Prichard taught in the Yazoo schools through the 1980s. She sent her children to Yazoo City schools and saw the white enrollment slowly dwindle away. She said Morris was tormented by the fact that he had gotten it so wrong and asks in her Afterword why school integration failed. "What happened?"
The answers are, in part, are actually in Morris' book. He interviews a Yazoo City attorney and former ABA president John Satterfield - an integration opponent - who shared his opinion that the schools would be integrated without violence or incident, but that if the classrooms were fully integrated eventually the school system would be all or almost all black. Satterfield cited the experience of the Washington, D.C., schools, which were desegregated by President Eisenhower and by 1970 were 93 percent black. Satterfield said he saw no basic difference in the character of the people of Washington, D.C. and the people of Yazoo City that would allow full integration to succeed in Yazoo city where it failed with the full support of the federal government.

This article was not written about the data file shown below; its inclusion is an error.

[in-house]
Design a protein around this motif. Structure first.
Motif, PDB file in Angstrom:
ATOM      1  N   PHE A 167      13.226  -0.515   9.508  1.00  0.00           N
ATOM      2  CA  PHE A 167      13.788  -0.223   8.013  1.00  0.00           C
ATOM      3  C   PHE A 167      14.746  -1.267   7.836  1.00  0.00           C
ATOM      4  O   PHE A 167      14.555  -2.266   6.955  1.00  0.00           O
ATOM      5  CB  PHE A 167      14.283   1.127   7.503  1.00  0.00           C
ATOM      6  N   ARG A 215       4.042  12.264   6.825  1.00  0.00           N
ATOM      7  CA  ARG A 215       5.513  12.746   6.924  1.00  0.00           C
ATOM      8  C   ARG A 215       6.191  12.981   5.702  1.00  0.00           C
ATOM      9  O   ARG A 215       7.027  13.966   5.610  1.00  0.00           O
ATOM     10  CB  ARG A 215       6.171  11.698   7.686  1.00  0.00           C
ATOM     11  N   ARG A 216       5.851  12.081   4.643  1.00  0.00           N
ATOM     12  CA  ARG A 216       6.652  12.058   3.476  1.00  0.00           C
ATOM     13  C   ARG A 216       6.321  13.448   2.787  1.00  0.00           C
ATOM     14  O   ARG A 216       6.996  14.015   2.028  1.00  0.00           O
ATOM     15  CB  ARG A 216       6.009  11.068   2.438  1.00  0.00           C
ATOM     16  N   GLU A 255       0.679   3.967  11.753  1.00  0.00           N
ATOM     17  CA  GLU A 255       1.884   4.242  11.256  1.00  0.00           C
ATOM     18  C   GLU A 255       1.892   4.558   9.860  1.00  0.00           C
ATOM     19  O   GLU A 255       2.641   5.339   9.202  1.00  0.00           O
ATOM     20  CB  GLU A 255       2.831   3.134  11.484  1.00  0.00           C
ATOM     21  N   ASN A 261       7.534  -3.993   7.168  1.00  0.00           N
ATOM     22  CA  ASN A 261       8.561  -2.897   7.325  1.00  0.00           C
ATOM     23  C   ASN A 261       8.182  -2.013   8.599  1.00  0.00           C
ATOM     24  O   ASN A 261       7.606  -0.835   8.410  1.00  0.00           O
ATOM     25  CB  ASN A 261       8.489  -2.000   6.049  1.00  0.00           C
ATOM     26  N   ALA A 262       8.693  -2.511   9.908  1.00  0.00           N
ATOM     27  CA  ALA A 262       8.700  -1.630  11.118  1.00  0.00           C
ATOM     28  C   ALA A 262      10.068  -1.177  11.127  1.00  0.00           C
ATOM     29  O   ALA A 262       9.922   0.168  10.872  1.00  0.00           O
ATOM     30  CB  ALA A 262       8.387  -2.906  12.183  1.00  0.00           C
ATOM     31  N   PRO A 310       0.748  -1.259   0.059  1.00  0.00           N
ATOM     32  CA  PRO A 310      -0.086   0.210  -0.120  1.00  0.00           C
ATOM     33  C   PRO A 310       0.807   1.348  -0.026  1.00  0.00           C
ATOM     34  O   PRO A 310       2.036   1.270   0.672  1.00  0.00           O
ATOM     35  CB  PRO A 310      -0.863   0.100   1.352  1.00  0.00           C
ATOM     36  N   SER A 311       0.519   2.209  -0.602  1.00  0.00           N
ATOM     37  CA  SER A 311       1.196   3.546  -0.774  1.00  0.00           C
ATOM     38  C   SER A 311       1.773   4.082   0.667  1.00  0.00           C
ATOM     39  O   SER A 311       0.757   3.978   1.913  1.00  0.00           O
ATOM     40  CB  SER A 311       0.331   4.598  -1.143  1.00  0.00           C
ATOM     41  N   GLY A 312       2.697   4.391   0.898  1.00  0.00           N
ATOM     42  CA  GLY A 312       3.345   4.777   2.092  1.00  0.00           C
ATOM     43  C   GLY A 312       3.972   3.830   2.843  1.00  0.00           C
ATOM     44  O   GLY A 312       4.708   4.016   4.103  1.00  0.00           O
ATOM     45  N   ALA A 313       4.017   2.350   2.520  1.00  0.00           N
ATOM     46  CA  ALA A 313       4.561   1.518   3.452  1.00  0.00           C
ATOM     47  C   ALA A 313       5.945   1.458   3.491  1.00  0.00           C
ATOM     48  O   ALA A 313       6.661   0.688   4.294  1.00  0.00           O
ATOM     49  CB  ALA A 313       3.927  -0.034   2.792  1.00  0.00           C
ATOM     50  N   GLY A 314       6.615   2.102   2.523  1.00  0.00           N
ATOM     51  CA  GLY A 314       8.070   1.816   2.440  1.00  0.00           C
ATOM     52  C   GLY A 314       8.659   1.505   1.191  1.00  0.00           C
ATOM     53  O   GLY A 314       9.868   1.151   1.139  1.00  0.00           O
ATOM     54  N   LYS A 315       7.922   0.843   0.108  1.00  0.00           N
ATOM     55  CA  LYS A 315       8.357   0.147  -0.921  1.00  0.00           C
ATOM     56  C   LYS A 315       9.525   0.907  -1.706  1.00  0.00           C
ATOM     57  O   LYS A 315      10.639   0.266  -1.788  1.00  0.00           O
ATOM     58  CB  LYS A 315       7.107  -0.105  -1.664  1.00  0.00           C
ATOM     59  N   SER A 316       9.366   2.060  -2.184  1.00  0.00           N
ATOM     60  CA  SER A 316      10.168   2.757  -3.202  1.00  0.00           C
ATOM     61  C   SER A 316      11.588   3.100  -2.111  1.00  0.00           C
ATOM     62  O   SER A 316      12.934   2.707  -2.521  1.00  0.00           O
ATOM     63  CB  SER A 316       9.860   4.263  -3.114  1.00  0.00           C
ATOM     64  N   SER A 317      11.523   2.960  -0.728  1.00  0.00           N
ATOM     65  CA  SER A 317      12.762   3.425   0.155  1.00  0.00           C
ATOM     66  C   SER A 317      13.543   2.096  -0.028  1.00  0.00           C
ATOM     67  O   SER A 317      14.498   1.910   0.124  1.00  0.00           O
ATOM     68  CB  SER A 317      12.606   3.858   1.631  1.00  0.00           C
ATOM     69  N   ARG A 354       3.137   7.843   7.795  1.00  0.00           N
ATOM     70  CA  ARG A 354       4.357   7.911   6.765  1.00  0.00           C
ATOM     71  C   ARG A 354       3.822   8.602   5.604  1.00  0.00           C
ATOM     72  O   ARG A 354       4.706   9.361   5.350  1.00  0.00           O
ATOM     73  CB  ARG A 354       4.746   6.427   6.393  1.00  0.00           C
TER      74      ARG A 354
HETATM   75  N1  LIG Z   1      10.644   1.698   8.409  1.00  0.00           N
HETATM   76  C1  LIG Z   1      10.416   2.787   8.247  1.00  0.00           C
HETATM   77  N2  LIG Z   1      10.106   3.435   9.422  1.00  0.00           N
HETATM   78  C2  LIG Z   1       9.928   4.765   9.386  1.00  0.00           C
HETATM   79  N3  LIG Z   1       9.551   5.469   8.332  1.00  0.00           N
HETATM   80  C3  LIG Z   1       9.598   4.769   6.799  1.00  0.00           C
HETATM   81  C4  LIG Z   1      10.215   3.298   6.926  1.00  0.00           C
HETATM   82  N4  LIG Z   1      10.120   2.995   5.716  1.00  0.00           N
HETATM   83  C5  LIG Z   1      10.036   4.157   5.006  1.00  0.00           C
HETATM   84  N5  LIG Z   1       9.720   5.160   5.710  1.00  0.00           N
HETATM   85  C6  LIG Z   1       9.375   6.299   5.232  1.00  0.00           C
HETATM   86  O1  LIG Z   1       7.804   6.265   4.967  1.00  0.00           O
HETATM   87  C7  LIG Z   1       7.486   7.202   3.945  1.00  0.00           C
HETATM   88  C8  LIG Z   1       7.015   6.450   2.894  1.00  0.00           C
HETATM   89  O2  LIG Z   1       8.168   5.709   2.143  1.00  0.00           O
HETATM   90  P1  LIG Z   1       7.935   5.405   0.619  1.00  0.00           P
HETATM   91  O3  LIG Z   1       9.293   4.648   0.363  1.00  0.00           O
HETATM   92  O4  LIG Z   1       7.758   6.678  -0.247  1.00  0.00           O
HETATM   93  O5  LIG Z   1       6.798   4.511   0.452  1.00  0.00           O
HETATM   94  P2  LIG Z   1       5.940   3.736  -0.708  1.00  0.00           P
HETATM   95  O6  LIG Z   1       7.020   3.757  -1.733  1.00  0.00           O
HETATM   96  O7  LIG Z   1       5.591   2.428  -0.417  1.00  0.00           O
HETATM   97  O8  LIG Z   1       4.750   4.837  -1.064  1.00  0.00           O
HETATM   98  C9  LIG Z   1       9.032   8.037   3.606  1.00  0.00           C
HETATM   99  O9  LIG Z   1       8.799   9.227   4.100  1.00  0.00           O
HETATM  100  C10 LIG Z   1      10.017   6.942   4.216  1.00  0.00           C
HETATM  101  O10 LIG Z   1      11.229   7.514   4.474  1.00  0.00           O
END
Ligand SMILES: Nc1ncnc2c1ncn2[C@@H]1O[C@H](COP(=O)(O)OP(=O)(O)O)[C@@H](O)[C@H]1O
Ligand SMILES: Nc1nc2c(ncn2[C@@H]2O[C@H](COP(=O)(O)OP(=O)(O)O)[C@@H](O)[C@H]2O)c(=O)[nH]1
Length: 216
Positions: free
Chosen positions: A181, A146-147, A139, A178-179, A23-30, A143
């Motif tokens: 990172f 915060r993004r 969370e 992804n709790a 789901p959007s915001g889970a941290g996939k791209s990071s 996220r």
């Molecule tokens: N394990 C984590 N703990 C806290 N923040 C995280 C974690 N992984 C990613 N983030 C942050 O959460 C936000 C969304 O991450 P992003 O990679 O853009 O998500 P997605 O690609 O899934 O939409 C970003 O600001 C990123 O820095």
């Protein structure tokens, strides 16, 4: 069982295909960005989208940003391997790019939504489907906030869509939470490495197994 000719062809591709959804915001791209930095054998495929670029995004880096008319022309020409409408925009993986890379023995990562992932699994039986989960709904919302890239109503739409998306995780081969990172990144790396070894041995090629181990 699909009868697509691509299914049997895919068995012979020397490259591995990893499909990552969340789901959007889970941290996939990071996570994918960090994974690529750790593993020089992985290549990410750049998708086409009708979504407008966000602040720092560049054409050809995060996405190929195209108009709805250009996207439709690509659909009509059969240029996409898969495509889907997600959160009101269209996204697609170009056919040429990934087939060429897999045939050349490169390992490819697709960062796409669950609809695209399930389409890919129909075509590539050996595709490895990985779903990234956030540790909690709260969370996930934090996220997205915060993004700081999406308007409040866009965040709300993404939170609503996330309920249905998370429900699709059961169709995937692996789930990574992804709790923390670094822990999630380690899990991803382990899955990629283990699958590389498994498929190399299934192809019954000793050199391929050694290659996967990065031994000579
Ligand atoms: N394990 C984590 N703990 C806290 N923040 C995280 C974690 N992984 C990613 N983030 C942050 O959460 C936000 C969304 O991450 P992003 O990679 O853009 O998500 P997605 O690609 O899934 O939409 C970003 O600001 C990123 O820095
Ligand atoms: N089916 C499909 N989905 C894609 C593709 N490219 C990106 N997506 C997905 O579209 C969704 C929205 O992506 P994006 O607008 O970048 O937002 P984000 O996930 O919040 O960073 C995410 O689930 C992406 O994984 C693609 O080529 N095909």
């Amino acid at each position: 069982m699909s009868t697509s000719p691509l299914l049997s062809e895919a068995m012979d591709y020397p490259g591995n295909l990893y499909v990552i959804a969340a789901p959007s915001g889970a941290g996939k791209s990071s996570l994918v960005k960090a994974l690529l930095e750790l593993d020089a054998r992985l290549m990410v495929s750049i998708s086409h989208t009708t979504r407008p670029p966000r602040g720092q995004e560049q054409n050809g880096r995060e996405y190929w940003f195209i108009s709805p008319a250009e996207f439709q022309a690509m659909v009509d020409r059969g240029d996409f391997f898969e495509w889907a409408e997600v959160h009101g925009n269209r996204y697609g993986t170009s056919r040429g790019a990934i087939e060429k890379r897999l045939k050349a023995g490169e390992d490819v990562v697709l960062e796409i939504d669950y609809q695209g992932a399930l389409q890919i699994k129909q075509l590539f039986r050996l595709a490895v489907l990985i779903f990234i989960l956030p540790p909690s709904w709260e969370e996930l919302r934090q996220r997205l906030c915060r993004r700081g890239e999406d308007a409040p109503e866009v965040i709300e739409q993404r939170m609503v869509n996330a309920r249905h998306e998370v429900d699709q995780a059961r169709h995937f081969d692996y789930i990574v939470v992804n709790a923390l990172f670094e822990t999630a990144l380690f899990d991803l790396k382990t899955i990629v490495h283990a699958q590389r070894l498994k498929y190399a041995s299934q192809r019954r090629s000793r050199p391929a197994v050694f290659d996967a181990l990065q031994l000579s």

Morris also has a footnote where he cites claims by others that there are "tipping points," or a certain black percentage that will trigger white flight, citing for example the unpublished Princeton thesis by Luther Munford which pointed out that every school with more than a 50 percent black student population had lost at least 20 percent of its white student population at the point of integration.